[ RadSafe ] FW: Reporter's question about lowerlimitsofdetection
C.Busby at ulster.ac.uk
Mon Aug 8 12:32:34 CDT 2011
When a car engine is running it works at varying rpm from 800 (tickover) to 3500 (revving). If it is in a traffic jam and going slowly the engine is running slowly and taking in less air. When it is travelling fast, the engine is revving and taking more air. The history of these cars is known and was reported by the owners. The mileage is on the odometer. I assumed 60km/h and 2500rpm as a mean. Actually this is quite a good method for estimating fuel consumption on a test rig and comparing it with average driving in town. So it is also a reliable estimate of the air flow, since the air mix is proportional to the fuel consumtion. In any case, the revs can only vary between 800 and 3500 rpm so that gives an outside limit. You can assume what you like. Do the sums and see what you get. You will always get a great deal more than the 2.7mBq/m3 from the global fallout or the 10mBq/m3 from Chernobyl in the N hemisphere.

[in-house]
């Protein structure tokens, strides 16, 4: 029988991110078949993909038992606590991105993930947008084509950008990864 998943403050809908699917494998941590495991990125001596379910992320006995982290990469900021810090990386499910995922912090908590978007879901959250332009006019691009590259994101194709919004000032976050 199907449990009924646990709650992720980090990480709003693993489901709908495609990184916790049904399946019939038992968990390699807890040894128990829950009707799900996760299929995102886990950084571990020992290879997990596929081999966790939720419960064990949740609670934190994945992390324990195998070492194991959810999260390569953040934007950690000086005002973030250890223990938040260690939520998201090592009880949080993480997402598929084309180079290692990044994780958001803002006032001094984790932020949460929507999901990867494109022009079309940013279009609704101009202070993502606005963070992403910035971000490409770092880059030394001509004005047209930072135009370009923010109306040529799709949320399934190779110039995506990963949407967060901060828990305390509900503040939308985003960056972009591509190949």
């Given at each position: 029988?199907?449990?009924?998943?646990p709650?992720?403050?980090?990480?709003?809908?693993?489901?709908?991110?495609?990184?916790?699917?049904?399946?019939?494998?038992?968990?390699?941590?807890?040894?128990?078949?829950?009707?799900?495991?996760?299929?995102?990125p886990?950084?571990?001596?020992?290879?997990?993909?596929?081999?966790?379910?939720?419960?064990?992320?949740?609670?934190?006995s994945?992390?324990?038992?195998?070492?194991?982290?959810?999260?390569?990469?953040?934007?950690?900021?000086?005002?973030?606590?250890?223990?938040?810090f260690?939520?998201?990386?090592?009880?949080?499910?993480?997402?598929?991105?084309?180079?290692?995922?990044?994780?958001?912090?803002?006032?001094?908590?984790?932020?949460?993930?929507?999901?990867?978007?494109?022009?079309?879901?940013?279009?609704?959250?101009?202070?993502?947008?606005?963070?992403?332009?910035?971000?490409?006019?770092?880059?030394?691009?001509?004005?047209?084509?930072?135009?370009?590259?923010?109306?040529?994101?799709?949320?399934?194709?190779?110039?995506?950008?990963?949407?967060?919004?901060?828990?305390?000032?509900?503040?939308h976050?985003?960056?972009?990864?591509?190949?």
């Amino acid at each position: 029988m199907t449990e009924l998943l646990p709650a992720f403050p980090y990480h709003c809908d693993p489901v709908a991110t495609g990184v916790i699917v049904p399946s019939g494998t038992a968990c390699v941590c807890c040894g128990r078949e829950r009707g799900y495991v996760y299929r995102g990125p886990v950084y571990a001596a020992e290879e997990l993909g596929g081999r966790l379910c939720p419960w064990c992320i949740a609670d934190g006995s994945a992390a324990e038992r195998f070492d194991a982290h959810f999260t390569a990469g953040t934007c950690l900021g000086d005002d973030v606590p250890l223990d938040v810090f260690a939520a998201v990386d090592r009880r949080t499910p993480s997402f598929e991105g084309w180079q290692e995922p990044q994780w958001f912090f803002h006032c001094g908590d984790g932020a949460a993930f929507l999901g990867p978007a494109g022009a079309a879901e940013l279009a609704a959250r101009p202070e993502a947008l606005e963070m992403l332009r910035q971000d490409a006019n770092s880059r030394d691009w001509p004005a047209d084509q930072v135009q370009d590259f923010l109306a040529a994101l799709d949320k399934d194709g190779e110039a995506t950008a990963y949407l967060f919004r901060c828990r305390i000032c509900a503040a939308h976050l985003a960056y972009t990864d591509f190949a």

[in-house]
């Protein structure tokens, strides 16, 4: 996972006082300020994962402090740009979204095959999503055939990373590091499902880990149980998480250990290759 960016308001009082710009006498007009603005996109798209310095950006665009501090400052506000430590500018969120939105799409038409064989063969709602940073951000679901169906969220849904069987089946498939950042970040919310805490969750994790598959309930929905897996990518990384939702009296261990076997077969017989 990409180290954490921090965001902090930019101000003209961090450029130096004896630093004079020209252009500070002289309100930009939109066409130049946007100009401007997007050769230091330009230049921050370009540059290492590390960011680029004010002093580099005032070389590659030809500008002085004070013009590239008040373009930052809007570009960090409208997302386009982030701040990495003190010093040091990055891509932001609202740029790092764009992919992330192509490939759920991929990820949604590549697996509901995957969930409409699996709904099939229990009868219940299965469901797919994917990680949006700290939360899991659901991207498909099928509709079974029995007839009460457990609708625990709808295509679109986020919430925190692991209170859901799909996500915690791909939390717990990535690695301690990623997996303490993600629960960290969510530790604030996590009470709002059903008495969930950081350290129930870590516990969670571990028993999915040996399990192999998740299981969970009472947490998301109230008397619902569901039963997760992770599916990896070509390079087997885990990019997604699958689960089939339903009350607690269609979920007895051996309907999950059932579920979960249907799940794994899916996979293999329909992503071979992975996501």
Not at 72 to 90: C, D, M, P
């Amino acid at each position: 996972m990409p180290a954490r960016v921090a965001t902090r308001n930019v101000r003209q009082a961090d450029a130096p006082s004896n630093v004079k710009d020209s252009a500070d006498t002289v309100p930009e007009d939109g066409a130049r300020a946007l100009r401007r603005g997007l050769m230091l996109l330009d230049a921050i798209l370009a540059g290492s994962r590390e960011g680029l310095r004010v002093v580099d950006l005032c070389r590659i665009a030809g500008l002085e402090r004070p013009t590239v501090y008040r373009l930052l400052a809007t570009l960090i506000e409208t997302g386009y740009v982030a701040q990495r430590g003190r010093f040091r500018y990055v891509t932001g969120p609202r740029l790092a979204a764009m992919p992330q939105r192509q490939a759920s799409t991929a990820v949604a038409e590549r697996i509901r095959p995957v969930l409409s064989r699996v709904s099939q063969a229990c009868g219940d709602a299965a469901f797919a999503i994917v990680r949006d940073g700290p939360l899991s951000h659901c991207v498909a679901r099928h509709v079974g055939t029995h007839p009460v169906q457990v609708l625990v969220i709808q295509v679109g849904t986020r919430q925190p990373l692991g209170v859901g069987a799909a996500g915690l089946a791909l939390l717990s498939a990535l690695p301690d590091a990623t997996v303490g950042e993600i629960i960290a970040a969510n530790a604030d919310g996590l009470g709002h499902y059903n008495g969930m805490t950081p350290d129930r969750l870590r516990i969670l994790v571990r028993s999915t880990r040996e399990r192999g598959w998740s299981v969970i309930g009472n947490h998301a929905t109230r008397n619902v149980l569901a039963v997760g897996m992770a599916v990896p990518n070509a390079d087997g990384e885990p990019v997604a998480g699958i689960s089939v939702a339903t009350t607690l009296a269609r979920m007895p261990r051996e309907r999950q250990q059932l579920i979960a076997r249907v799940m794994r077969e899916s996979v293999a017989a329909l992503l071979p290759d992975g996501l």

You cannot calibrate an air filter with a vacuum cleaner. What do you mean? How would you measure the air that passed through it?
From: radsafe-bounces at agni.phys.iit.edu on behalf of Brennan, Mike (DOH)
Sent: Mon 08/08/2011 17:03
To: The International Radiation Protection (Health Physics) MailingList
Subject: Re: [ RadSafe ] FW: Reporter's question about lowerlimitsofdetection
The number of km driven does not give you good information about how
much air was pulled through the filter, for the simple reason that
distance traveled in an uncontrolled environment does not correlate to
the amount of air that was pulled through the engine. I have, over the
years, made a number of trips from my home to the nearest major airport,
about 45 miles away. I have made the trip in as little as 45 minutes,
when traveling in the early morning when traffic was light. I have also
made the trip in almost 2 hour during the middle of the day. Same
distance, very different times, gas mileage, and amount of air through
the filter. Additionally, the daytime trip probably had more
particulate in the air to act as sites for contamination (including
radioactive material) to attach to.
Given that you could have used a vacuum cleaner with a filter over the
hose, and calibrated the flow with little trouble, I have to admit to
the suspicion that you chose the automobile filter specifically BECAUSE
of the unknowns, which you could manipulate to support your agenda.
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